Eat within planetary boundaries
Our goal at Evocco is help people to eat within planetary boundaries. This blog post
What are planetary boundaries?
The planetary boundaries are the safe operating limits for earth. There are nine boundaries, each representing a different planetary system; land use change, ocean acidification, climate change, nitrogen and phosphorus cycles, stratospheric ozone, fresh water usage, biodiversity loss, air pollution and chemical pollution. Should we cross any of these boundaries, that particular system is in danger of changing irreversibly with harmful knock on effects for life on earth. For Evocco, we’re only using the Climate Change planetary boundary for now.
How are planetary boundaries being used in the Evocco app?
Trying to lead a more sustainable lifestyle is like following multiple conflicting sets of directions without knowing the destination you’re trying to reach. While at every turn somebody is telling us we need to reduce our climate impact, few tell us what the sustainable lifestyle we need to live actually looks like. Evocco started with a simple philosophy; you can’t change what you can’t measure. So, we built an app to help people track the climate impact of their food shopping. To go a step further, we included the planetary boundary for climate change as the goal that we are all tracking our impact towards. If a diet is truly sustainable, it must not cause more emissions than the safety of planetary boundaries allows. To eat within planetary boundaries, we set a target in the app for users to keep their emissions from food below 65kg of CO2e per month.
How did you come up with the monthly target of 65kg of CO2e from food?
The Paris Climate Accord of 2015 is the most important plan for addressing the climate crisis that we have. It outlines that to avoid the most catastrophic effects of climate breakdown, we must limit global temperature rise to 1.5 degrees Celsius. For a strong chance of achieving this, we must halve global CO2 emissions by the year 2030 and reach net zero emissions by 2050. This leaves us with a small remaining carbon budget for safety. The budget can be broken down by industry, but for Evocco we found breaking it down from a consumer lifestyle perspective the most useful. Here, we used research by Michael Lettenmeier at Aalto University that looks at a sample of lifestyles from across the globe. The 1.5 Degree Lifestyles report examines emissions from nutrition, housing, mobility and other domains, encompassing consumer goods, leisure and services. It finds that to keep emissions from nutrition in line with limiting global temperature rise to 1.5 degrees Celsius, a reduction of greater than 47% in emissions by 2030 and at least 75% by 2050 is needed in developed nations. This means that by 2030 each individual needs to have a carbon footprint from food of less than 800kg a year. We rounded it down a little to make the target 65kg of CO2 from food each month to stay within the climate change planetary boundary for food.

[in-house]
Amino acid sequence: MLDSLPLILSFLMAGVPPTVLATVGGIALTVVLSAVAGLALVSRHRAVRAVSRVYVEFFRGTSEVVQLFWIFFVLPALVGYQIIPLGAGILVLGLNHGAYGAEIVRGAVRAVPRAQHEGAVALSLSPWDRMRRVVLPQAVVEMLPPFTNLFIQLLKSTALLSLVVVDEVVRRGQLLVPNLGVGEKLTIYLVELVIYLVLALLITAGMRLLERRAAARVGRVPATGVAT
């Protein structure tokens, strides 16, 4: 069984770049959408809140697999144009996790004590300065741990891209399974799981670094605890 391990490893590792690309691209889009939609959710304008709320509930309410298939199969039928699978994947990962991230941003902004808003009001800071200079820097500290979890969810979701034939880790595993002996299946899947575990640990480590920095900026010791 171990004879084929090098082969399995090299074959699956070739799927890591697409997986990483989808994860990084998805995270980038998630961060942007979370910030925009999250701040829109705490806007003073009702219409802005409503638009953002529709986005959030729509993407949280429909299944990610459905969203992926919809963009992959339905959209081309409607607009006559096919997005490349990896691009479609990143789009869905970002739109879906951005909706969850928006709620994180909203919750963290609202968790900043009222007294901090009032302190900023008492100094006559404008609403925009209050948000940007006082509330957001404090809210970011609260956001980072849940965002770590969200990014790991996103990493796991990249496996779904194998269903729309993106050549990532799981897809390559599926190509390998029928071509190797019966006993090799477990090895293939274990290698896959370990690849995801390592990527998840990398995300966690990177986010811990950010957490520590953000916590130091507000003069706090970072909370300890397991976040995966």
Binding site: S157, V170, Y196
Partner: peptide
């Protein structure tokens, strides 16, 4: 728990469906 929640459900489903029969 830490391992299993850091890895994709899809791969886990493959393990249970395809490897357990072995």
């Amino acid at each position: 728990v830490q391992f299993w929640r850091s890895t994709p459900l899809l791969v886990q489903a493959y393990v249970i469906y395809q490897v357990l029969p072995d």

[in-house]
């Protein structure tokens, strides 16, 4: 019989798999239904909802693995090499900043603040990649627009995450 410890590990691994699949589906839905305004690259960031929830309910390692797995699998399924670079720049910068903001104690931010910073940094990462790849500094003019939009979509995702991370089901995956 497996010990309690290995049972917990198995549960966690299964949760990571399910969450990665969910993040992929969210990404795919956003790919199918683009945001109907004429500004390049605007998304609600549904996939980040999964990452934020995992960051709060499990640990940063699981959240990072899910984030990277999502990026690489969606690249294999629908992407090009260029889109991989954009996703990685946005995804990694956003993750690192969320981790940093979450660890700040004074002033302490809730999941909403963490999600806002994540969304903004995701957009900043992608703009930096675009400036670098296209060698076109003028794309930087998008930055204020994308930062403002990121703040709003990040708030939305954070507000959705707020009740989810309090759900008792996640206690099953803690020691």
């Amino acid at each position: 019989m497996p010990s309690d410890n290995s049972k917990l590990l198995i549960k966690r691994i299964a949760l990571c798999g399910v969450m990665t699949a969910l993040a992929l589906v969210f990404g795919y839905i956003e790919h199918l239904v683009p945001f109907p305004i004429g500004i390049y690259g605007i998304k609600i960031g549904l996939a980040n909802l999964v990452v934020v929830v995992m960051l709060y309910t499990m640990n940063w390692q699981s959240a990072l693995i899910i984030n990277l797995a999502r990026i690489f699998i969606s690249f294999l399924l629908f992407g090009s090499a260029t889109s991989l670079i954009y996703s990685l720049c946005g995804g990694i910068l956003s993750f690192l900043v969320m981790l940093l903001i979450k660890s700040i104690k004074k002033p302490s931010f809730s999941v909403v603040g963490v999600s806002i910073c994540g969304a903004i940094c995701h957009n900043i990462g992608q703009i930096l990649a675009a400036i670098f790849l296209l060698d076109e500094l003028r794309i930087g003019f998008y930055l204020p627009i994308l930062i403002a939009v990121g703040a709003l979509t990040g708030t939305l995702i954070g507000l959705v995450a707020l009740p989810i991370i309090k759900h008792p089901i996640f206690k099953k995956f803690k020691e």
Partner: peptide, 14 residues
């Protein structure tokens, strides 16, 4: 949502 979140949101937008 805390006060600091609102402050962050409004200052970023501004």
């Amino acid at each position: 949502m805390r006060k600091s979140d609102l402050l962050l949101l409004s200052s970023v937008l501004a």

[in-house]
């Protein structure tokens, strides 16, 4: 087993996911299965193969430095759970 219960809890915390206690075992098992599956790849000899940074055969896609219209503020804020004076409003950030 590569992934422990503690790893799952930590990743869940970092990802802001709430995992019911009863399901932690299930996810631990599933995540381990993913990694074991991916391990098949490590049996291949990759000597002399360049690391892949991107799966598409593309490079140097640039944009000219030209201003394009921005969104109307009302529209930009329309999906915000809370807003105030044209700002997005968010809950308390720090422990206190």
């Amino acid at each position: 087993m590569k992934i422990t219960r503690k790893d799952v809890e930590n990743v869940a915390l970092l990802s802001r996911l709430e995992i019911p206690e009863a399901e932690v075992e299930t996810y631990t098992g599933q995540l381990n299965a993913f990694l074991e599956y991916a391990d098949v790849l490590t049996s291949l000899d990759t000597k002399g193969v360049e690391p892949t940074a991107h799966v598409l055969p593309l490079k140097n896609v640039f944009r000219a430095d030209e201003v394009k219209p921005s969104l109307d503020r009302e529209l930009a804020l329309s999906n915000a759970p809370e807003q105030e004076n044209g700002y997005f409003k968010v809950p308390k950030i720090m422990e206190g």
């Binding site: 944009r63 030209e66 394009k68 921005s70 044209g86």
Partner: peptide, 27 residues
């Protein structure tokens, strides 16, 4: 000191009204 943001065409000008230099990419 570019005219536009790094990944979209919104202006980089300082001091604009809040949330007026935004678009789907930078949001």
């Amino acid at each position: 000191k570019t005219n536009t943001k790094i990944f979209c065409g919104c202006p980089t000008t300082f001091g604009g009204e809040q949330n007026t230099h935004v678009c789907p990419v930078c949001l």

What should I do when I miss the target and exceed the planetary boundaries?
To start, a 65kg CO2e target for nutrition each month will be a tough task for most of us. At Evocco, the best way we’ve found to eat within the boundaries is to first make the small and easy changes to what we eat. The single most effective change is to increase the share of plant-based products in your basket and reduce the amount of meat and dairy products. This comes easier to some than others, and motivation can go up and down for all kinds of reasons. Rather than feeling bad if you blast outside the boundaries, the best thing to do is to offset to get back inside them. Offsetting, the practice of using nature or technology to capture emissions already in the atmosphere, can be useful in this case. While the most important thing is to reduce emissions at the source, you can plant native woodland with Evocco to get back within the boundaries when you overshoot. It’s more important to keep momentum towards a sustainable diet than to worry about your emissions being higher than you’d hoped.
What about the other factors that affect sustainability in the food supply chain?
Sustainability in the food system covers a variety of different factors from water scarcity to biodiversity loss. To begin with, we’ve chosen to focus on greenhouse gas emissions alone. At a later stage, we intend to build in the other boundaries too.